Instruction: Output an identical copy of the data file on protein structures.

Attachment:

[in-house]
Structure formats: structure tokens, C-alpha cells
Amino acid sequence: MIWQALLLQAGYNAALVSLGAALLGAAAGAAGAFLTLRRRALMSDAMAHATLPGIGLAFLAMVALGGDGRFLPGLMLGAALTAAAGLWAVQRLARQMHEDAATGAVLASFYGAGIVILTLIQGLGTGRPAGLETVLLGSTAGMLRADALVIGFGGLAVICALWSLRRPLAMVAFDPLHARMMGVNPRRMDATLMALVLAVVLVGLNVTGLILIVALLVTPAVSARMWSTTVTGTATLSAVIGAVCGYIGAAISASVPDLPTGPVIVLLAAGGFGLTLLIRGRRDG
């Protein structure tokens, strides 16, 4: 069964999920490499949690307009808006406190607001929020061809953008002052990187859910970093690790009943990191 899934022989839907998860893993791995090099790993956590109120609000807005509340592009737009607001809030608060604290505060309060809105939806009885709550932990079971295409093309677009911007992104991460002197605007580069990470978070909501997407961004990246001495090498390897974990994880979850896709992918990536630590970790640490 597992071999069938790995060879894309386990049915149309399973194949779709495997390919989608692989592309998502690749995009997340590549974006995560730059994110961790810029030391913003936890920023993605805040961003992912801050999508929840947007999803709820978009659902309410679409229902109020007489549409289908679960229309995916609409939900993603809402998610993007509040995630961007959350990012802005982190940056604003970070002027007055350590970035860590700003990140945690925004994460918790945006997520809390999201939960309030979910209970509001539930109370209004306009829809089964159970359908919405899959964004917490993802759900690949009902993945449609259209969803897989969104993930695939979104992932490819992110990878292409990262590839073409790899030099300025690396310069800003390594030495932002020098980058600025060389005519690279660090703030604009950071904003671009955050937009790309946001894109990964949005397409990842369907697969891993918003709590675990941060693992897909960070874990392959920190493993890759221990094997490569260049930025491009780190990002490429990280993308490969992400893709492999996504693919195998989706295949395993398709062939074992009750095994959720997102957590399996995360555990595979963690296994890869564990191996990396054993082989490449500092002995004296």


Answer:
[in-house]
Structure formats: structure tokens, C-alpha cells
Amino acid sequence: MIWQALLLQAGYNAALVSLGAALLGAAAGAAGAFLTLRRRALMSDAMAHATLPGIGLAFLAMVALGGDGRFLPGLMLGAALTAAAGLWAVQRLARQMHEDAATGAVLASFYGAGIVILTLIQGLGTGRPAGLETVLLGSTAGMLRADALVIGFGGLAVICALWSLRRPLAMVAFDPLHARMMGVNPRRMDATLMALVLAVVLVGLNVTGLILIVALLVTPAVSARMWSTTVTGTATLSAVIGAVCGYIGAAISASVPDLPTGPVIVLLAAGGFGLTLLIRGRRDG
């Protein structure tokens, strides 16, 4: 069964999920490499949690307009808006406190607001929020061809953008002052990187859910970093690790009943990191 899934022989839907998860893993791995090099790993956590109120609000807005509340592009737009607001809030608060604290505060309060809105939806009885709550932990079971295409093309677009911007992104991460002197605007580069990470978070909501997407961004990246001495090498390897974990994880979850896709992918990536630590970790640490 597992071999069938790995060879894309386990049915149309399973194949779709495997390919989608692989592309998502690749995009997340590549974006995560730059994110961790810029030391913003936890920023993605805040961003992912801050999508929840947007999803709820978009659902309410679409229902109020007489549409289908679960229309995916609409939900993603809402998610993007509040995630961007959350990012802005982190940056604003970070002027007055350590970035860590700003990140945690925004994460918790945006997520809390999201939960309030979910209970509001539930109370209004306009829809089964159970359908919405899959964004917490993802759900690949009902993945449609259209969803897989969104993930695939979104992932490819992110990878292409990262590839073409790899030099300025690396310069800003390594030495932002020098980058600025060389005519690279660090703030604009950071904003671009955050937009790309946001894109990964949005397409990842369907697969891993918003709590675990941060693992897909960070874990392959920190493993890759221990094997490569260049930025491009780190990002490429990280993308490969992400893709492999996504693919195998989706295949395993398709062939074992009750095994959720997102957590399996995360555990595979963690296994890869564990191996990396054993082989490449500092002995004296």